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Author criticises NHS for refusing Alzheimer's drug

The author Terry Pratchett has slammed the NHS for forcing people in the early stages of Alzheimer's disease to pay for private treatment if they want to take a particular drug.

Aricept has been shown to help delay the progress of the disease, but the National Institute for Health and Clinical Excellence (Nice) has ruled that the drug is not cost-effective, despite the fact that it is available north of the border.

Mr Pratchett, who has early-onset Alzheimer's disease, criticised the decision, describing it as "an insult".

The author, who now pays privately for Aricept, told the BBC's Panorama programme: "It is a really nasty disease and I cannot imagine cancer patients being denied a drug like this in similar circumstances.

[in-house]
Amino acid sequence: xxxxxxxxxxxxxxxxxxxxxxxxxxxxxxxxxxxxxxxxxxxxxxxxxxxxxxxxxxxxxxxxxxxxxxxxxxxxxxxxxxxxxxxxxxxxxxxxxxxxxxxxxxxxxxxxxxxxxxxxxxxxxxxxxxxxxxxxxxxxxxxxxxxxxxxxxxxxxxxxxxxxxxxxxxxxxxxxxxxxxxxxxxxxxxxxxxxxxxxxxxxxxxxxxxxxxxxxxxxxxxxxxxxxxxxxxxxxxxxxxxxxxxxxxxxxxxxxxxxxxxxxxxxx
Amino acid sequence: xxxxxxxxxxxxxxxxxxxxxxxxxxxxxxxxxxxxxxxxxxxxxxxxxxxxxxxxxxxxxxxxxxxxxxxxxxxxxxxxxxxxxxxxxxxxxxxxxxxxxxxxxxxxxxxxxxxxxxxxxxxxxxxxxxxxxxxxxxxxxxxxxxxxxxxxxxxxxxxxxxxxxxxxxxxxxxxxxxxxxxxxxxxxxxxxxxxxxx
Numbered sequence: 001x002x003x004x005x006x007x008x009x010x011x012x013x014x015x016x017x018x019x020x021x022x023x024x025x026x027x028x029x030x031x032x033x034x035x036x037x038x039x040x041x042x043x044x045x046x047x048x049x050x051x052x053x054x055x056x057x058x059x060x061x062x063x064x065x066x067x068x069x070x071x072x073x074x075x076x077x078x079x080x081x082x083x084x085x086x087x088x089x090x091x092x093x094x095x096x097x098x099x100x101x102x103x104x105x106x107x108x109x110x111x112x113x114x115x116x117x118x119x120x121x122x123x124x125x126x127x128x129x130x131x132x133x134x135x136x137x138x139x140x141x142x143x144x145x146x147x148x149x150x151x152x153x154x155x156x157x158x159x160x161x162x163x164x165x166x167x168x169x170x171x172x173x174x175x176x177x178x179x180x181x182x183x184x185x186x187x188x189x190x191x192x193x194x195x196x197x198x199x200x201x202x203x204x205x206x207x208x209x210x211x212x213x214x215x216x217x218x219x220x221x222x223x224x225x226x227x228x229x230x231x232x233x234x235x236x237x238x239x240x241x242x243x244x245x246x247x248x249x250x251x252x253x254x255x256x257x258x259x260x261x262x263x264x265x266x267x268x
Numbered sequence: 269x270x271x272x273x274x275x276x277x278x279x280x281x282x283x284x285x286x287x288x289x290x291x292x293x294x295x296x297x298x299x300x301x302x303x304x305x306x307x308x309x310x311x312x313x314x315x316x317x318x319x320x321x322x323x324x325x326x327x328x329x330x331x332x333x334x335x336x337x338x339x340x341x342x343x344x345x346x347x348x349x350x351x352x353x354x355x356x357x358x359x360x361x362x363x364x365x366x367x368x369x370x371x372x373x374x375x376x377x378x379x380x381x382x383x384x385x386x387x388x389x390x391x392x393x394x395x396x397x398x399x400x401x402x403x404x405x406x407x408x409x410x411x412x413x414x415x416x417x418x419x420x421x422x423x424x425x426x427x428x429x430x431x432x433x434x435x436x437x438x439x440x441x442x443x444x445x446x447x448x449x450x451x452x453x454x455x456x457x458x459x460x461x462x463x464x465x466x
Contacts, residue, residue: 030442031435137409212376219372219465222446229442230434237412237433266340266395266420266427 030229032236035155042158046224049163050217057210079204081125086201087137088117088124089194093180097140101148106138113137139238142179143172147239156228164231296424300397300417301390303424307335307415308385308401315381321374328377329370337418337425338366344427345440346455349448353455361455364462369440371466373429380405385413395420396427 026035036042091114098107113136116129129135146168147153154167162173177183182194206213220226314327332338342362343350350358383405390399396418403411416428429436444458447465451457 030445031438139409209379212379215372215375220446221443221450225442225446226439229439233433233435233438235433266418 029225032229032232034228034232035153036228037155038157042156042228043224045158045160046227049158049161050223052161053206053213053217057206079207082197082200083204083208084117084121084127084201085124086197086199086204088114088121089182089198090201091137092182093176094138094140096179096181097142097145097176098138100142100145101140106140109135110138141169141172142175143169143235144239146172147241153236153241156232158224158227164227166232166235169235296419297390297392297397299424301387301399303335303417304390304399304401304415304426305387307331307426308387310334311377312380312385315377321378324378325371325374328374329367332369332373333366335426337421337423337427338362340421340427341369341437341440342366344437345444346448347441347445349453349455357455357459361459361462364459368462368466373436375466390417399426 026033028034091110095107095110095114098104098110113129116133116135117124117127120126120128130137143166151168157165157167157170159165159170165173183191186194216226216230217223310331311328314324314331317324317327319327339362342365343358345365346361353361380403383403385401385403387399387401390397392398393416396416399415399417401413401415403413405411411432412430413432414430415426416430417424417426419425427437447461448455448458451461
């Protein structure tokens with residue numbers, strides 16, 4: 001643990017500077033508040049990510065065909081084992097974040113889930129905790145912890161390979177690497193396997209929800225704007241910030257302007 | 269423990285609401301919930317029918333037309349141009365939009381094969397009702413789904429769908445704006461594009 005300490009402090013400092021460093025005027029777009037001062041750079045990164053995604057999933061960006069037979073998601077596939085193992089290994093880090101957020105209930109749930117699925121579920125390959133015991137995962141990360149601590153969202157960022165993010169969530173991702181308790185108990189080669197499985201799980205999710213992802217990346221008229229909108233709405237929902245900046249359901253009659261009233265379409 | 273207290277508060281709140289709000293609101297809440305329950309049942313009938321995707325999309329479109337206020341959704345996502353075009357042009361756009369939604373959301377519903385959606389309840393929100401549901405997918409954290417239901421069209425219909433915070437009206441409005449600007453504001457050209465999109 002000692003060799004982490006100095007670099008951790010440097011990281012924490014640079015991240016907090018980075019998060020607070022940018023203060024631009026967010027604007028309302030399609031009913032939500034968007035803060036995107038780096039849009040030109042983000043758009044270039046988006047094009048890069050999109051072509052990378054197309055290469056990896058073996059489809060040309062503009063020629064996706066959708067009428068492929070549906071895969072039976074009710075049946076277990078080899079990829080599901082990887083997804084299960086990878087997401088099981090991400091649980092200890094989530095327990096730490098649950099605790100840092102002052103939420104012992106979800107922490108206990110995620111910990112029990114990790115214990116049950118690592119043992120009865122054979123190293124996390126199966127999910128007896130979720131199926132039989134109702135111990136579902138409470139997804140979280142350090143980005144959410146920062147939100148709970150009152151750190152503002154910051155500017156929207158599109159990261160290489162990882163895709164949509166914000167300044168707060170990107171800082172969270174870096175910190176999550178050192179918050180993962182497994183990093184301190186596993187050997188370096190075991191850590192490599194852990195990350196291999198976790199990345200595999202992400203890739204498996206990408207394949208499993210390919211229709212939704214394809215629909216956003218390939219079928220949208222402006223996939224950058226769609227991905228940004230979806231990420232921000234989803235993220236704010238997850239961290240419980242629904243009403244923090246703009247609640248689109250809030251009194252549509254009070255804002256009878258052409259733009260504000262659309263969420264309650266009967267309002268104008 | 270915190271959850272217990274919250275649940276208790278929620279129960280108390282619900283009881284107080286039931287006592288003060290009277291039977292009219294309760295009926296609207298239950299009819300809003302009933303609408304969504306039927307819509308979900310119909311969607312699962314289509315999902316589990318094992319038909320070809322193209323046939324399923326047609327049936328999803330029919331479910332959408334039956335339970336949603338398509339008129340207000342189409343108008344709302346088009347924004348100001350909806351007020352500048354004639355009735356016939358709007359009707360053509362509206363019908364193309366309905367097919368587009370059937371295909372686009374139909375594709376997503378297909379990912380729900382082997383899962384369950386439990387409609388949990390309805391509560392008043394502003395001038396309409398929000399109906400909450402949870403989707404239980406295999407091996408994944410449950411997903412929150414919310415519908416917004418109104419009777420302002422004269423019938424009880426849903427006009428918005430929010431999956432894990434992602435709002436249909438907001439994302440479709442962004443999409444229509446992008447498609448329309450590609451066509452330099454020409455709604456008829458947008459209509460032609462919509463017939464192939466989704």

"I feel particularly angry on behalf of early onset patients because it feels like an insult."

Neil Hunt, chief executive of the Alzheimer's Society, said that Mr Pratchett was right and that the situation was "an absolute disgrace".

"Time and quality of life is being snatched away from thousands of vulnerable people who are unable to pay privately for their own treatment," he remarked.

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Author criticises NHS for refusing Alzheimer's drug
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